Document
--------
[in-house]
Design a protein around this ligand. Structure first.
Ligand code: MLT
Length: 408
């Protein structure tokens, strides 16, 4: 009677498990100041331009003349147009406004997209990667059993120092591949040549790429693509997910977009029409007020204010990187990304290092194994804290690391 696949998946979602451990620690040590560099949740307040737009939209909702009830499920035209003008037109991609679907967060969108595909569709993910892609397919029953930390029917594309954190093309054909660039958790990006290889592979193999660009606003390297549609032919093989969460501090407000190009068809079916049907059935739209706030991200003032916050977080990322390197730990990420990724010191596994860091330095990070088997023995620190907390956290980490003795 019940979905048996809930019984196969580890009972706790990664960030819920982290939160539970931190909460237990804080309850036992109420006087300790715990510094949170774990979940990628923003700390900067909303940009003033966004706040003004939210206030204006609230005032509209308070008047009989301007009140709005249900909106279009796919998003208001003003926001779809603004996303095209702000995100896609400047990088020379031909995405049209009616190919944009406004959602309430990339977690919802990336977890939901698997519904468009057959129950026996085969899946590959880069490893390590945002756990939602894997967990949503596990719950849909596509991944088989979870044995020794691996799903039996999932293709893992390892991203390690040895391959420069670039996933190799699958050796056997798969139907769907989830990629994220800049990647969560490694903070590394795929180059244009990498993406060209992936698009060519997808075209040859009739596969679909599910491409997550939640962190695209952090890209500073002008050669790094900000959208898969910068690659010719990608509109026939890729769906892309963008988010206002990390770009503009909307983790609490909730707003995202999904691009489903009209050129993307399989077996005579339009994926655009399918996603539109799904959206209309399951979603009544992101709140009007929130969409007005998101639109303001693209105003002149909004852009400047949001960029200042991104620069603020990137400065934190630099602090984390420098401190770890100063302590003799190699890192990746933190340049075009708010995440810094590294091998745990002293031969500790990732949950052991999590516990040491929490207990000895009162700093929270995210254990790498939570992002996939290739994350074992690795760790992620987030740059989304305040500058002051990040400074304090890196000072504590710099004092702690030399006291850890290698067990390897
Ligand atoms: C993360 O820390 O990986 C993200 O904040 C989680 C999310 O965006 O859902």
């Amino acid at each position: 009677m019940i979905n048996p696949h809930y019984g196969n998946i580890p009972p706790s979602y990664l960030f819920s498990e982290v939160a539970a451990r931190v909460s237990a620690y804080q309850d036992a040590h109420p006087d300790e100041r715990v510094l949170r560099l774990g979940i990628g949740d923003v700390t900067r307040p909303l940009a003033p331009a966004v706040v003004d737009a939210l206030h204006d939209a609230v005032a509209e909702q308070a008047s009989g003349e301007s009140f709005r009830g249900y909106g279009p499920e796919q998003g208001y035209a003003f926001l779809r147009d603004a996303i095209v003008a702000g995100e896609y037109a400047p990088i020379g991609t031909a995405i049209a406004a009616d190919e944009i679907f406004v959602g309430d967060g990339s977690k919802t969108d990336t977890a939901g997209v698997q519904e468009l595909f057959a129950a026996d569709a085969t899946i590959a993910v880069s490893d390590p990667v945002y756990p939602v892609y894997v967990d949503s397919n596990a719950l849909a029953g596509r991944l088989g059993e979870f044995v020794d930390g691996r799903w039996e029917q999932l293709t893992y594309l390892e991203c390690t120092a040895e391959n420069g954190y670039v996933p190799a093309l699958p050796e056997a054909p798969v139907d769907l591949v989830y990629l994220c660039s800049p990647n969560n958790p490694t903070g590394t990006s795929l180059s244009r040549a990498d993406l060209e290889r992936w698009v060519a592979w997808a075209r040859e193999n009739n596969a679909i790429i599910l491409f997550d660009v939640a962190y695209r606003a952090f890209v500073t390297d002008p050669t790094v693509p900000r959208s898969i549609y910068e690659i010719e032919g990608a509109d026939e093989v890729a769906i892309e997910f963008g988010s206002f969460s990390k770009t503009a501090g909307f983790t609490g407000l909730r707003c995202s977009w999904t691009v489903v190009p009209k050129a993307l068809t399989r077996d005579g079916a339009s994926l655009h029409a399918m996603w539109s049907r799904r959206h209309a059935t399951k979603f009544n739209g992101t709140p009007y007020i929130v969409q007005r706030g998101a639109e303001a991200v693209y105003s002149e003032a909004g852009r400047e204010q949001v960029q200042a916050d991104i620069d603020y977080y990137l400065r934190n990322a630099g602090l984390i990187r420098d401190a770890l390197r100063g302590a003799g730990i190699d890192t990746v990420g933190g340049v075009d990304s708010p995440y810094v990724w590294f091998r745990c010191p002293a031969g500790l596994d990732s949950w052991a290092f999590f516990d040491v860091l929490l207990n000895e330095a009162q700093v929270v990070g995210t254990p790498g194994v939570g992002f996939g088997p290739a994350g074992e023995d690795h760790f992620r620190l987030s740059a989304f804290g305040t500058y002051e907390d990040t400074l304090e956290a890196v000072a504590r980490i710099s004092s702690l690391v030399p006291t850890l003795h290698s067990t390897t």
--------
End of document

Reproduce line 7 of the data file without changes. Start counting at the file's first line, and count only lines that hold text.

């Amino acid at each position: 009677m019940i979905n048996p696949h809930y019984g196969n998946i580890p009972p706790s979602y990664l960030f819920s498990e982290v939160a539970a451990r931190v909460s237990a620690y804080q309850d036992a040590h109420p006087d300790e100041r715990v510094l949170r560099l774990g979940i990628g949740d923003v700390t900067r307040p909303l940009a003033p331009a966004v706040v003004d737009a939210l206030h204006d939209a609230v005032a509209e909702q308070a008047s009989g003349e301007s009140f709005r009830g249900y909106g279009p499920e796919q998003g208001y035209a003003f926001l779809r147009d603004a996303i095209v003008a702000g995100e896609y037109a400047p990088i020379g991609t031909a995405i049209a406004a009616d190919e944009i679907f406004v959602g309430d967060g990339s977690k919802t969108d990336t977890a939901g997209v698997q519904e468009l595909f057959a129950a026996d569709a085969t899946i590959a993910v880069s490893d390590p990667v945002y756990p939602v892609y894997v967990d949503s397919n596990a719950l849909a029953g596509r991944l088989g059993e979870f044995v020794d930390g691996r799903w039996e029917q999932l293709t893992y594309l390892e991203c390690t120092a040895e391959n420069g954190y670039v996933p190799a093309l699958p050796e056997a054909p798969v139907d769907l591949v989830y990629l994220c660039s800049p990647n969560n958790p490694t903070g590394t990006s795929l180059s244009r040549a990498d993406l060209e290889r992936w698009v060519a592979w997808a075209r040859e193999n009739n596969a679909i790429i599910l491409f997550d660009v939640a962190y695209r606003a952090f890209v500073t390297d002008p050669t790094v693509p900000r959208s898969i549609y910068e690659i010719e032919g990608a509109d026939e093989v890729a769906i892309e997910f963008g988010s206002f969460s990390k770009t503009a501090g909307f983790t609490g407000l909730r707003c995202s977009w999904t691009v489903v190009p009209k050129a993307l068809t399989r077996d005579g079916a339009s994926l655009h029409a399918m996603w539109s049907r799904r959206h209309a059935t399951k979603f009544n739209g992101t709140p009007y007020i929130v969409q007005r706030g998101a639109e303001a991200v693209y105003s002149e003032a909004g852009r400047e204010q949001v960029q200042a916050d991104i620069d603020y977080y990137l400065r934190n990322a630099g602090l984390i990187r420098d401190a770890l390197r100063g302590a003799g730990i190699d890192t990746v990420g933190g340049v075009d990304s708010p995440y810094v990724w590294f091998r745990c010191p002293a031969g500790l596994d990732s949950w052991a290092f999590f516990d040491v860091l929490l207990n000895e330095a009162q700093v929270v990070g995210t254990p790498g194994v939570g992002f996939g088997p290739a994350g074992e023995d690795h760790f992620r620190l987030s740059a989304f804290g305040t500058y002051e907390d990040t400074l304090e956290a890196v000072a504590r980490i710099s004092s702690l690391v030399p006291t850890l003795h290698s067990t390897t």